It is sort of like a refactoring of ModulaThree.
Hmm, I would not say so, AFAIK ModulaThree was designed in parallel to Oberon, and both are offshoots of ModulaTwo. The genealogy of Oberon and its successors is nicely given in http://www.oberon.ethz.ch/genealogy.html.
Apparently, it was a rewrite of Xerox's Cedar programming environment. Wirth and Gutknecht spent some time at XeroxParc and decided that the system was far too large. One of their targets was that Oberon should compile Oberon in less than a minute (on a 386 in those days).
Actually, the first Oberon machine was the Ceres-1, which was based on the National Semiconductor NS32032 (roughly equivalent to a 12MHz 286 in performance). If I remember correctly, the Ceres-1 I used during a three-week visit to ETH in early 1989 had 2Mb of memory, a 40Mb hard disk, 720k floppy, mouse, and a 1024x800 monochrome display. And yes, compilations were instantaneous. It was a beautiful system to work with. -- StefanVorkoetter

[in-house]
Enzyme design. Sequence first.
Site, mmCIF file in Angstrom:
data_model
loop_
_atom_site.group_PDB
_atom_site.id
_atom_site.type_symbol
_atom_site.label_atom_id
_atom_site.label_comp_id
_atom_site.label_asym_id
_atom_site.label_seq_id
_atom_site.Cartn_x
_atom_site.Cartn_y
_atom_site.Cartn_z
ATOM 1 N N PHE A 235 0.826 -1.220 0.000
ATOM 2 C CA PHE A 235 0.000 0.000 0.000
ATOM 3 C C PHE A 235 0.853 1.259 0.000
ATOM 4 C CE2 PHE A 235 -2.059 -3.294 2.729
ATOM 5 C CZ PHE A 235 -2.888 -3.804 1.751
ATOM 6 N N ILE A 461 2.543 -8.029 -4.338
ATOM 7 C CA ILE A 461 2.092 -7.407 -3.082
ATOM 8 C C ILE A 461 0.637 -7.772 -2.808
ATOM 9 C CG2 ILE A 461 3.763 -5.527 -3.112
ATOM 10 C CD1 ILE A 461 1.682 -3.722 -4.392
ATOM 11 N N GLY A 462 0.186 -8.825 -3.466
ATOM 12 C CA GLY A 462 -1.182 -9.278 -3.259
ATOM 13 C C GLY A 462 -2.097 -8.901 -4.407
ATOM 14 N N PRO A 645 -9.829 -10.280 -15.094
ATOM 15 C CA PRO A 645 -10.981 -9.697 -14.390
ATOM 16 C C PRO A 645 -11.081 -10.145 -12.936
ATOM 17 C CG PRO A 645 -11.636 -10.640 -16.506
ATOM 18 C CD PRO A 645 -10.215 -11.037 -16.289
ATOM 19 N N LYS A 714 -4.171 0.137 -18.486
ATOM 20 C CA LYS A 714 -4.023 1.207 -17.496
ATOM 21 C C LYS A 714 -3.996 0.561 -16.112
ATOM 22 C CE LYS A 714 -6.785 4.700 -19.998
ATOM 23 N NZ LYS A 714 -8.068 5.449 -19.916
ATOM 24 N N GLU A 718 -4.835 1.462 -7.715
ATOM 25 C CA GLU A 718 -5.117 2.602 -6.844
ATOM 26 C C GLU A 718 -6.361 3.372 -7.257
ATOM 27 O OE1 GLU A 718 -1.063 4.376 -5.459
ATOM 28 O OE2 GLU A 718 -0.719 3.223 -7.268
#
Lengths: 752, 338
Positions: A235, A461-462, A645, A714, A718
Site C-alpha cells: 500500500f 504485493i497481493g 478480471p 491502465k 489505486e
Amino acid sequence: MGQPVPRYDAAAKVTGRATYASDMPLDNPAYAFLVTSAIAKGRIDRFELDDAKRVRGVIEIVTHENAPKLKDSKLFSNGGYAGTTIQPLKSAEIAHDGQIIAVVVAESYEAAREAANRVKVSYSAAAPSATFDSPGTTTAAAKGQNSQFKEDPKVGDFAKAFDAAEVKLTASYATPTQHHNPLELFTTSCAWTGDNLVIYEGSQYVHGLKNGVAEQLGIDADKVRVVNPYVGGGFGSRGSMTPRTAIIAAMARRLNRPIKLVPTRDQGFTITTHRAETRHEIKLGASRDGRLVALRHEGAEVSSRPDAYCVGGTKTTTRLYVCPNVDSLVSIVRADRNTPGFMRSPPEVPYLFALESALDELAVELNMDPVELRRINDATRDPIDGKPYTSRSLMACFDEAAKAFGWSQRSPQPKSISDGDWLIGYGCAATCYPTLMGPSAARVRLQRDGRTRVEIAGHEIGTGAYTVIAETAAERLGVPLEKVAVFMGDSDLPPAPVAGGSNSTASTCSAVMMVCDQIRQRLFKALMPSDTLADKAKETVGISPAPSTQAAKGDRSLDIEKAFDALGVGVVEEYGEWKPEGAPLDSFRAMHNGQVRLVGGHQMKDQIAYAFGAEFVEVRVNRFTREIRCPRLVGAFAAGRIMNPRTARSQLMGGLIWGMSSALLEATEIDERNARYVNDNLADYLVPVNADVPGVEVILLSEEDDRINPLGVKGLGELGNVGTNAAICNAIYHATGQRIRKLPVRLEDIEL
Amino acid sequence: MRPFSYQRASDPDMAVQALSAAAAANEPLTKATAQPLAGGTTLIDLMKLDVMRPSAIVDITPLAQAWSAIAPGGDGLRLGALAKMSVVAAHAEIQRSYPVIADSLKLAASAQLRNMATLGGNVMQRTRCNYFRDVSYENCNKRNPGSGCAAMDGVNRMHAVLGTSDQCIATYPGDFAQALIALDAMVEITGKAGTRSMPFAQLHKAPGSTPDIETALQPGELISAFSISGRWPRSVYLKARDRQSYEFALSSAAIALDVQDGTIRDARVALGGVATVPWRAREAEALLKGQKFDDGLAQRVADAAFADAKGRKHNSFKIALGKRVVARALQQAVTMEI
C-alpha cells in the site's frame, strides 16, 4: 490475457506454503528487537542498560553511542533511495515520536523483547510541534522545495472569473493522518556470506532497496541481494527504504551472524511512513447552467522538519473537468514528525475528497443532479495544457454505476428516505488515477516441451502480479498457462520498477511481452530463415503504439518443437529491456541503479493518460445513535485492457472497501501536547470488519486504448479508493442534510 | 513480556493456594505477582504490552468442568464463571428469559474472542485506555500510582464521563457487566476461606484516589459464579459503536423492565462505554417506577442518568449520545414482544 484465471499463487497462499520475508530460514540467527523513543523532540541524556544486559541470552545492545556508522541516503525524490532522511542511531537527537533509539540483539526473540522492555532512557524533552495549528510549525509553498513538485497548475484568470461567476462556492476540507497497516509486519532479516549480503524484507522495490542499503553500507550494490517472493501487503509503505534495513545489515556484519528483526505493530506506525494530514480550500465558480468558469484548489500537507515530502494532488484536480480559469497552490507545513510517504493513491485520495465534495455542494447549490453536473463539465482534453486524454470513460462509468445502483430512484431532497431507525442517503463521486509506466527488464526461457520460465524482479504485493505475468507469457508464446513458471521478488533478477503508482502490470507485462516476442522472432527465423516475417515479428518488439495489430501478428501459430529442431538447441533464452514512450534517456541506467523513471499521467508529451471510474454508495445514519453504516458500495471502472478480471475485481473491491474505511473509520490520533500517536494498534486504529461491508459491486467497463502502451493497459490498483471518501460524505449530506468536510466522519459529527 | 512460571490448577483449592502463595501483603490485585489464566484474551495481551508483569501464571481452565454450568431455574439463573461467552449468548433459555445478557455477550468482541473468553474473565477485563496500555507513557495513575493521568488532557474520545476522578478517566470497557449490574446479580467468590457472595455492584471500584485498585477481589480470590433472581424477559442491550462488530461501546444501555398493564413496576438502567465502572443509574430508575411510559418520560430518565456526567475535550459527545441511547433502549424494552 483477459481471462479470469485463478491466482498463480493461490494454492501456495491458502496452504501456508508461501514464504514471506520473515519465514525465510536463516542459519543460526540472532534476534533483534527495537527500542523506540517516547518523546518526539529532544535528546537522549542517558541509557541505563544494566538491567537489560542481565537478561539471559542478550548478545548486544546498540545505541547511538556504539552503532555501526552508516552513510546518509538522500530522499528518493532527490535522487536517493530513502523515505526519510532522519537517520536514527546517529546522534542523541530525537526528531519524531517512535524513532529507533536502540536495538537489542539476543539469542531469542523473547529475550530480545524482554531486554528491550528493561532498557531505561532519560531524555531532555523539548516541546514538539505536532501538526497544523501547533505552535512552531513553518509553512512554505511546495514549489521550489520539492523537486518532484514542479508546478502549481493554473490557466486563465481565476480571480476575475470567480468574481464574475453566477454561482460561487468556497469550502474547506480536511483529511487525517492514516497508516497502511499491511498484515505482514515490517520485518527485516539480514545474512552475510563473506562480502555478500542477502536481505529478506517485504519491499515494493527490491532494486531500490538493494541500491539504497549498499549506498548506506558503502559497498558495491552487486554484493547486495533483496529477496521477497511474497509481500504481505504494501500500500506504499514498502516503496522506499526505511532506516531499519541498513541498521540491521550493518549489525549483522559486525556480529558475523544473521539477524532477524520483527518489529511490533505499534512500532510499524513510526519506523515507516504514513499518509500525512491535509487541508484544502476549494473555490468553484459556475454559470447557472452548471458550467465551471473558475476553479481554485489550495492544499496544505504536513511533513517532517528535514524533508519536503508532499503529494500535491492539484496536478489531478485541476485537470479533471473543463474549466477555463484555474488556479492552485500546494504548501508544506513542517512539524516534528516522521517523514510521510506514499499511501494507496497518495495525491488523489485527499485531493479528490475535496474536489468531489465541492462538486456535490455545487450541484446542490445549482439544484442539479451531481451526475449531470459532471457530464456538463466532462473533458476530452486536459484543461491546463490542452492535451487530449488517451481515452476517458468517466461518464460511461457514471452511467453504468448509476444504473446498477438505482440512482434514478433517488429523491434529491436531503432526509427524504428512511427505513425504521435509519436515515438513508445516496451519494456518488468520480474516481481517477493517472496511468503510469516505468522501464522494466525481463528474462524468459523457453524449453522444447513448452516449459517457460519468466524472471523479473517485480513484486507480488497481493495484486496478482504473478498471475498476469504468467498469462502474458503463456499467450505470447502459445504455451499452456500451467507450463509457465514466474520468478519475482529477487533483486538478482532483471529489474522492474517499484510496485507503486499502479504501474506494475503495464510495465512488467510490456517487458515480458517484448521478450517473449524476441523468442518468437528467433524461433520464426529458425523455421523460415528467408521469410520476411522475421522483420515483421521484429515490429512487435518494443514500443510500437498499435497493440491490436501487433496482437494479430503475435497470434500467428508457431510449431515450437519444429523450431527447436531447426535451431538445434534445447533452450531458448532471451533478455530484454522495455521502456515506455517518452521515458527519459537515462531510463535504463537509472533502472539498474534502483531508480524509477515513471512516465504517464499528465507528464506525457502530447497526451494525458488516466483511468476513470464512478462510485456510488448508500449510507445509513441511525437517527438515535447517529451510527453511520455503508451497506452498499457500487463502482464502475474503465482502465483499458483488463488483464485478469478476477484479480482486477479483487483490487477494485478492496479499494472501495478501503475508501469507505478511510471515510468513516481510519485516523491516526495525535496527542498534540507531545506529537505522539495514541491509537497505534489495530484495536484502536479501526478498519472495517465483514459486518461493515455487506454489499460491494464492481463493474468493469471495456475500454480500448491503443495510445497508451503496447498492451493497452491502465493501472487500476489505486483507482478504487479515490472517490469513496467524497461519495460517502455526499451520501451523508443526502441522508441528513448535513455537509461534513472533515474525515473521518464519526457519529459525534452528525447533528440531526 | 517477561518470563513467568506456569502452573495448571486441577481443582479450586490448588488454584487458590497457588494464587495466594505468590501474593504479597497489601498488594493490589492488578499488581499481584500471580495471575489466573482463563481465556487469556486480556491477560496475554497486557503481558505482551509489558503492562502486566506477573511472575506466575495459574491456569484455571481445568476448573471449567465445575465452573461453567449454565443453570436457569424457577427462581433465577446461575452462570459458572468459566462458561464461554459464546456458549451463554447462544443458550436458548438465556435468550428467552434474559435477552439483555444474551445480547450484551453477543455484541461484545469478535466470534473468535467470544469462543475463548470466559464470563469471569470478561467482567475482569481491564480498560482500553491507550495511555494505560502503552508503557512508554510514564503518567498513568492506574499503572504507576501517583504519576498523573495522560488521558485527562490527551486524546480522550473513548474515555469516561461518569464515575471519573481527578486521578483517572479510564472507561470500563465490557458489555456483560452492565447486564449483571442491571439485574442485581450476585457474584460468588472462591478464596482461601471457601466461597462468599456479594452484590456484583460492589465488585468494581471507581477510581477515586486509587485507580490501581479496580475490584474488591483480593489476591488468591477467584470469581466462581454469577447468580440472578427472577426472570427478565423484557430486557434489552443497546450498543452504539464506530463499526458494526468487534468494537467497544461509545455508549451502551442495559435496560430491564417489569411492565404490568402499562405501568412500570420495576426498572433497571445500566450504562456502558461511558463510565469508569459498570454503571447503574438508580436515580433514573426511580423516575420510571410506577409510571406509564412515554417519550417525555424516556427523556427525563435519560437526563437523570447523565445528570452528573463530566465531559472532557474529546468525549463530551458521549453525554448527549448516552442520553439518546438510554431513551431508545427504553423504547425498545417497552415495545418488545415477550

This will certainly work. On ETH, we used quite old Ceres-3, which included the OberonOperatingSystem. I used it quite a lot in my studies, and while my programs were not huge, some of them had quite a few lines of code. However, I never noticed compilation take any time. It was always instant.
We sum the contents in an array:
MODULE Example; PROCEDURE ArraySum*(r: ARRAY OF INTEGER): INTEGER; VAR sum: INTEGER; i: INTEGER; BEGIN sum := 0; FOR i := 0 TO LEN(r) - 1 DO sum := sum + r[i] END; RETURN sum END ArraySum; END Example.The star in the procedure declaration is similar to the Java keyword public.
For more information see also: http://www.oberon.ethz.ch/ or any of the "Oberon Trilogy" books which are all three out of print: